Pielke appears to have confused the two, and "proved" that sea level increase hasn't accelerated since 2007. Which is an OK thing to do, but has nothing to do what what was actually said in that Realclimate article. Putting aside that his point no longer appears valid (sea level is, at the moment, above the trend shown on his referenced graph), it was just not very smart on his part to think that these guys were talking about a couple of years of data.

    Now, I think this reflects the fact that Pielke's training is in meteorology, not climate. Nobody in climatology makes a big deal out of two year's "trend". Climatology is about long spans of time.

    So, it was fundamentally not very bright on Pielke's part to think that the realclimate quote (or the underlying source material) was talking about the last couple of years of data. They are climatologists -- they were comparing current data to past projections, and noting that the most recent projections of the future are much higher than the IPCC report suggested.

    If there is a takeaway there, it's that if you accept the newer projections as better, then the IPCC has consistently understated the expected rate of climate change. if true, and if generalizable, that's a lesson worth pondering, I think.

    Bottom line: Pielke misread the paragraph. Even with that, his empirical point no longer appears valid. He thought they said: the trend has accelerated since 2007. When in fact they said: the observed trend is higher than we expected it to be in the past (which in the source material means the original 1990 IPCC projections -- which makes sense, because climatologists think about long time spans), AND, our best long-term projections ticked upward after 2007. A couple of years of sea level data is not relevant to either point. Both points are about climate -- about long-term change.
     
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  14. tochatihu

    tochatihu Senior Member

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    Please quit sending me to the literature folks - there are other things I'm supposed to be doing :]

    Anyway, I enjoyed reading this:

    http://www.cgd.ucar.edu/cas/Trenberth/trenberth.papers/MonteVeritaPaper_ss_rev3.pdf

    and perhaps you will as well. An earth energy balance requires measurement of outgoing radiation, heat flow to melting perched and floating ice, heat content of the upper ocean, and apportioning sea level rise to thermal expansion and isostatic changes. In each case we are talking about small changes in large things, and the sensors required and their measurement density are not yet quite up to the task.

    (editorial injection -if we decide tomorrow to stop spending 'so much money' on earth system science, they never will be)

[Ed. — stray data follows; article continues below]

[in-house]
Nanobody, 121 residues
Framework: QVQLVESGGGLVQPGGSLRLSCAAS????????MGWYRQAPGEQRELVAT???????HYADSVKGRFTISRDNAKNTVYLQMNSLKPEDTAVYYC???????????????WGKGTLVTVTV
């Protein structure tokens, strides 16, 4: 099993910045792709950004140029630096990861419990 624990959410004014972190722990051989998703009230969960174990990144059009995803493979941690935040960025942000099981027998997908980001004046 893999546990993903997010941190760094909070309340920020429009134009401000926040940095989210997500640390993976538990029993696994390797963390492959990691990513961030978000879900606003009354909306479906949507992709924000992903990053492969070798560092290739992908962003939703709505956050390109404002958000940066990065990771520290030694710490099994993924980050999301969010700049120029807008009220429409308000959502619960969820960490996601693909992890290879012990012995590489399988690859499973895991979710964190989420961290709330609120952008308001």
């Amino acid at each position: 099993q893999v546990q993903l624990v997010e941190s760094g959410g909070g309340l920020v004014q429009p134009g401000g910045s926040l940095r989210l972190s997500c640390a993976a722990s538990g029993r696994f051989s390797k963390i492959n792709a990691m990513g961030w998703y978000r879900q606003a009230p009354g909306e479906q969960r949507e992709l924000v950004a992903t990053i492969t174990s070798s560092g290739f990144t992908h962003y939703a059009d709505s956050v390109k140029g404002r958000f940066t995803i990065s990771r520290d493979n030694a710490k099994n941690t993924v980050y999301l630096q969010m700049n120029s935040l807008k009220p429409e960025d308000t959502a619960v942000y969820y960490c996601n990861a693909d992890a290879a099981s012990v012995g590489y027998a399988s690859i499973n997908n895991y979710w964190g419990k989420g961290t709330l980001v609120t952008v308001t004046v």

We will get all that sorted out eventually. In the meantime I am more or less content to let the practioners in those fields keep at it. That a variety of interpretations are published in these fields (along with with the field of estimating future hurricane numbers and intensities) convinces me (at least) that those fields are not plagued with academic censorship.

    On hurricanes, a paleo-record showing promise is coastal sediment coring, because landfalling storms have clear sediment signals, carbon-14 dating, etc. A recent paper on Atlantic hurricanes' long history shows that the most recent century was equalled only in Medieval. I've been posting too many cites here, so I'll let you guess the authors etc. hint - recently cleared of wrongdoing by PSU.

    This is an interesting bit because one of the interpretations of what makes hurricanes in one tropical ocean basin strong is that that basin is hotter than the others. And of course, one of the current interpretations of MWP is that it may have been somewhat restricted in its gepgraphic extent. May be totally off the wall, but you read it at PC first. If it turns out bogus, my fault.

    Those matters will also be sorted out eventually I presume. In the meantime, I'd like to suggest that debating whose slightly different interpretations are better may not be the most productive use of time resources etc. As atmospheric concentrations of infra red absorbing gasesare increasing, and as the fossil fuel burn appears quite unlikely to diminsh over the next few decades, it seems more productive to examine all the ways by which CO2 can be remved from the atmosphere. Trees, soils and mineral weathering do it on land. Let's figure out how to optimize that, without large negative impacts on something else. At sea, I'll have to leave the coccolithophores to the oceanographers because I don't know enough to participate.

    Or, don't. Let CO2 increase to triple what it was throughout human history on earth prior to the industrial revolution. Maybe the resulting climate won't be all that bad. That is the only hope left, if The Collective We are not willing to get serious and act.

    Arguing about whose data set, interpretation or model is just a bit better is just not cutting it for me. It's schoolyard stuff and I'm bored. Let's trap some carbon. Today would be a good time to start.